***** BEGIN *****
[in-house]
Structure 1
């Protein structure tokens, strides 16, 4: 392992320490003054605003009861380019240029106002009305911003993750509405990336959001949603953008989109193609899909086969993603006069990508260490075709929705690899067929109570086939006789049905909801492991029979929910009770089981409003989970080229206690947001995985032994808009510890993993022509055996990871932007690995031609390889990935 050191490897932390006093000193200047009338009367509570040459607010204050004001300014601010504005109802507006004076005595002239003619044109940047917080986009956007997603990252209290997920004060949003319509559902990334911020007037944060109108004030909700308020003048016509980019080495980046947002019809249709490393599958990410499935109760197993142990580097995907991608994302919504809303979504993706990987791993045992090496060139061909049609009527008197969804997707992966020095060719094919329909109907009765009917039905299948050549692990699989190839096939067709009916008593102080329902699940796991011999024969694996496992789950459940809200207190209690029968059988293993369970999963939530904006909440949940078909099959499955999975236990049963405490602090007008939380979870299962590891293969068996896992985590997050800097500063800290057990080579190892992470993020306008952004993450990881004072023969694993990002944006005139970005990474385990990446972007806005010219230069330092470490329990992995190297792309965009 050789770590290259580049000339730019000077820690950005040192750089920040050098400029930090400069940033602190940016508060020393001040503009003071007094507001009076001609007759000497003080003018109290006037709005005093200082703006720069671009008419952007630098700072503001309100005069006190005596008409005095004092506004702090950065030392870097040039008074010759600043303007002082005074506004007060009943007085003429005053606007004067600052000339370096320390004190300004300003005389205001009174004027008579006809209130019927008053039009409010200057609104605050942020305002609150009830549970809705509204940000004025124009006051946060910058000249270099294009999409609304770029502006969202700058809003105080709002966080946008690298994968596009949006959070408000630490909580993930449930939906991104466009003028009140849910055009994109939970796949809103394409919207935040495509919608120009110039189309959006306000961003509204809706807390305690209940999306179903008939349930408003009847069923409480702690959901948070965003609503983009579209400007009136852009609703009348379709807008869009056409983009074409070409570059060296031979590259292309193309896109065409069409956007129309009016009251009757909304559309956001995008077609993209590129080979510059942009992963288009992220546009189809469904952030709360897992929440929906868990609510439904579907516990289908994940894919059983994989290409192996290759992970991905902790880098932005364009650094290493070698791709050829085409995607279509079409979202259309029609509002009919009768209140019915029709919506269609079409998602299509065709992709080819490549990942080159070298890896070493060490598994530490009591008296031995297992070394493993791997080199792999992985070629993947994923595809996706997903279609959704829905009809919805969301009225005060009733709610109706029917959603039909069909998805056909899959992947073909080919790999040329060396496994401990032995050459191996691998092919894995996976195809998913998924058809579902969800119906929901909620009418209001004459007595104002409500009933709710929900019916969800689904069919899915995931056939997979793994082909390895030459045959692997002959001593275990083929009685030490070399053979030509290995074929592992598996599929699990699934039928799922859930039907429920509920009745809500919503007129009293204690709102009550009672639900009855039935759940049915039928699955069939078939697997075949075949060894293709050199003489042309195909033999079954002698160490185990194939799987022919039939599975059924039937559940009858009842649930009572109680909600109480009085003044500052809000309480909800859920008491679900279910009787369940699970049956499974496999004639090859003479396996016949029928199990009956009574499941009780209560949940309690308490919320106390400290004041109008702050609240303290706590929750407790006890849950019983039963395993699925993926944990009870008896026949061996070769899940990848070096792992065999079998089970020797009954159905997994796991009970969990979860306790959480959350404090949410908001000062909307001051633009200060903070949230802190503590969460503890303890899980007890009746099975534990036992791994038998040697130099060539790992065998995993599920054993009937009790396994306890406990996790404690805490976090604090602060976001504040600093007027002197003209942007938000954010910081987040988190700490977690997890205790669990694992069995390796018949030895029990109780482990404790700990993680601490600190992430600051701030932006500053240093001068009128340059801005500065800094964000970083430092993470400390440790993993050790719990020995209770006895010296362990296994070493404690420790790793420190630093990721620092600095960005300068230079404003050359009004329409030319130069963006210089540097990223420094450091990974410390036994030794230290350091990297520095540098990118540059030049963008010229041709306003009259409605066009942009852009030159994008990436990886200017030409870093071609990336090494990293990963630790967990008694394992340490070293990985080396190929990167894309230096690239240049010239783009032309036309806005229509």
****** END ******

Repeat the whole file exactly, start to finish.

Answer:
[in-house]
Structure 1
């Protein structure tokens, strides 16, 4: 392992320490003054605003009861380019240029106002009305911003993750509405990336959001949603953008989109193609899909086969993603006069990508260490075709929705690899067929109570086939006789049905909801492991029979929910009770089981409003989970080229206690947001995985032994808009510890993993022509055996990871932007690995031609390889990935 050191490897932390006093000193200047009338009367509570040459607010204050004001300014601010504005109802507006004076005595002239003619044109940047917080986009956007997603990252209290997920004060949003319509559902990334911020007037944060109108004030909700308020003048016509980019080495980046947002019809249709490393599958990410499935109760197993142990580097995907991608994302919504809303979504993706990987791993045992090496060139061909049609009527008197969804997707992966020095060719094919329909109907009765009917039905299948050549692990699989190839096939067709009916008593102080329902699940796991011999024969694996496992789950459940809200207190209690029968059988293993369970999963939530904006909440949940078909099959499955999975236990049963405490602090007008939380979870299962590891293969068996896992985590997050800097500063800290057990080579190892992470993020306008952004993450990881004072023969694993990002944006005139970005990474385990990446972007806005010219230069330092470490329990992995190297792309965009 050789770590290259580049000339730019000077820690950005040192750089920040050098400029930090400069940033602190940016508060020393001040503009003071007094507001009076001609007759000497003080003018109290006037709005005093200082703006720069671009008419952007630098700072503001309100005069006190005596008409005095004092506004702090950065030392870097040039008074010759600043303007002082005074506004007060009943007085003429005053606007004067600052000339370096320390004190300004300003005389205001009174004027008579006809209130019927008053039009409010200057609104605050942020305002609150009830549970809705509204940000004025124009006051946060910058000249270099294009999409609304770029502006969202700058809003105080709002966080946008690298994968596009949006959070408000630490909580993930449930939906991104466009003028009140849910055009994109939970796949809103394409919207935040495509919608120009110039189309959006306000961003509204809706807390305690209940999306179903008939349930408003009847069923409480702690959901948070965003609503983009579209400007009136852009609703009348379709807008869009056409983009074409070409570059060296031979590259292309193309896109065409069409956007129309009016009251009757909304559309956001995008077609993209590129080979510059942009992963288009992220546009189809469904952030709360897992929440929906868990609510439904579907516990289908994940894919059983994989290409192996290759992970991905902790880098932005364009650094290493070698791709050829085409995607279509079409979202259309029609509002009919009768209140019915029709919506269609079409998602299509065709992709080819490549990942080159070298890896070493060490598994530490009591008296031995297992070394493993791997080199792999992985070629993947994923595809996706997903279609959704829905009809919805969301009225005060009733709610109706029917959603039909069909998805056909899959992947073909080919790999040329060396496994401990032995050459191996691998092919894995996976195809998913998924058809579902969800119906929901909620009418209001004459007595104002409500009933709710929900019916969800689904069919899915995931056939997979793994082909390895030459045959692997002959001593275990083929009685030490070399053979030509290995074929592992598996599929699990699934039928799922859930039907429920509920009745809500919503007129009293204690709102009550009672639900009855039935759940049915039928699955069939078939697997075949075949060894293709050199003489042309195909033999079954002698160490185990194939799987022919039939599975059924039937559940009858009842649930009572109680909600109480009085003044500052809000309480909800859920008491679900279910009787369940699970049956499974496999004639090859003479396996016949029928199990009956009574499941009780209560949940309690308490919320106390400290004041109008702050609240303290706590929750407790006890849950019983039963395993699925993926944990009870008896026949061996070769899940990848070096792992065999079998089970020797009954159905997994796991009970969990979860306790959480959350404090949410908001000062909307001051633009200060903070949230802190503590969460503890303890899980007890009746099975534990036992791994038998040697130099060539790992065998995993599920054993009937009790396994306890406990996790404690805490976090604090602060976001504040600093007027002197003209942007938000954010910081987040988190700490977690997890205790669990694992069995390796018949030895029990109780482990404790700990993680601490600190992430600051701030932006500053240093001068009128340059801005500065800094964000970083430092993470400390440790993993050790719990020995209770006895010296362990296994070493404690420790790793420190630093990721620092600095960005300068230079404003050359009004329409030319130069963006210089540097990223420094450091990974410390036994030794230290350091990297520095540098990118540059030049963008010229041709306003009259409605066009942009852009030159994008990436990886200017030409870093071609990336090494990293990963630790967990008694394992340490070293990985080396190929990167894309230096690239240049010239783009032309036309806005229509």